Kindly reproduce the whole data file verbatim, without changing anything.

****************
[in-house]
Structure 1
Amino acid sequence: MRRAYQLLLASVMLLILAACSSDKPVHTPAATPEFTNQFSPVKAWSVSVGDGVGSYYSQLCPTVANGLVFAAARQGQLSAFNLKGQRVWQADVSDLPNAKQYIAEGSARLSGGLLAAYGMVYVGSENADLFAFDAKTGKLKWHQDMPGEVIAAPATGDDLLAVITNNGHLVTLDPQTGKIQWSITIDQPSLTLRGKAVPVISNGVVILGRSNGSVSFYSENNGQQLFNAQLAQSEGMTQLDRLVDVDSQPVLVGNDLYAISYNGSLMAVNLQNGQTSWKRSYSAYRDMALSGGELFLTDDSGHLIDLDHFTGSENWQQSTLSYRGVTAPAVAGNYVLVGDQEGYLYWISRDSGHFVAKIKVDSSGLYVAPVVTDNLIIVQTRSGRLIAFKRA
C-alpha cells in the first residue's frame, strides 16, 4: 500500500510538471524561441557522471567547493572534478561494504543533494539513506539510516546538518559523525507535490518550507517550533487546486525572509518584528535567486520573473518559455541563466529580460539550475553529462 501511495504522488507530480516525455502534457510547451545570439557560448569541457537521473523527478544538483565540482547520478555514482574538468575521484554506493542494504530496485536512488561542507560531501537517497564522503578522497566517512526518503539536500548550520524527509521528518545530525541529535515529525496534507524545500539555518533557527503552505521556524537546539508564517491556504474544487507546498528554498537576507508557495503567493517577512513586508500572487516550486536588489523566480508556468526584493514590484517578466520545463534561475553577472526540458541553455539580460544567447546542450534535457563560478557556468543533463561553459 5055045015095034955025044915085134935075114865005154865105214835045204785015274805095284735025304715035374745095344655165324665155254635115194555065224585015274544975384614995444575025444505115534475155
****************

[in-house]
Structure 1
Amino acid sequence: MRRAYQLLLASVMLLILAACSSDKPVHTPAATPEFTNQFSPVKAWSVSVGDGVGSYYSQLCPTVANGLVFAAARQGQLSAFNLKGQRVWQADVSDLPNAKQYIAEGSARLSGGLLAAYGMVYVGSENADLFAFDAKTGKLKWHQDMPGEVIAAPATGDDLLAVITNNGHLVTLDPQTGKIQWSITIDQPSLTLRGKAVPVISNGVVILGRSNGSVSFYSENNGQQLFNAQLAQSEGMTQLDRLVDVDSQPVLVGNDLYAISYNGSLMAVNLQNGQTSWKRSYSAYRDMALSGGELFLTDDSGHLIDLDHFTGSENWQQSTLSYRGVTAPAVAGNYVLVGDQEGYLYWISRDSGHFVAKIKVDSSGLYVAPVVTDNLIIVQTRSGRLIAFKRA
C-alpha cells in the first residue's frame, strides 16, 4: 500500500510538471524561441557522471567547493572534478561494504543533494539513506539510516546538518559523525507535490518550507517550533487546486525572509518584528535567486520573473518559455541563466529580460539550475553529462 501511495504522488507530480516525455502534457510547451545570439557560448569541457537521473523527478544538483565540482547520478555514482574538468575521484554506493542494504530496485536512488561542507560531501537517497564522503578522497566517512526518503539536500548550520524527509521528518545530525541529535515529525496534507524545500539555518533557527503552505521556524537546539508564517491556504474544487507546498528554498537576507508557495503567493517577512513586508500572487516550486536588489523566480508556468526584493514590484517578466520545463534561475553577472526540458541553455539580460544567447546542450534535457563560478557556468543533463561553459 5055045015095034955025044915085134935075114865005154865105214835045204785015274805095284735025304715035374745095344655165324665155254635115194555065224585015274544975384614995444575025444505115534475155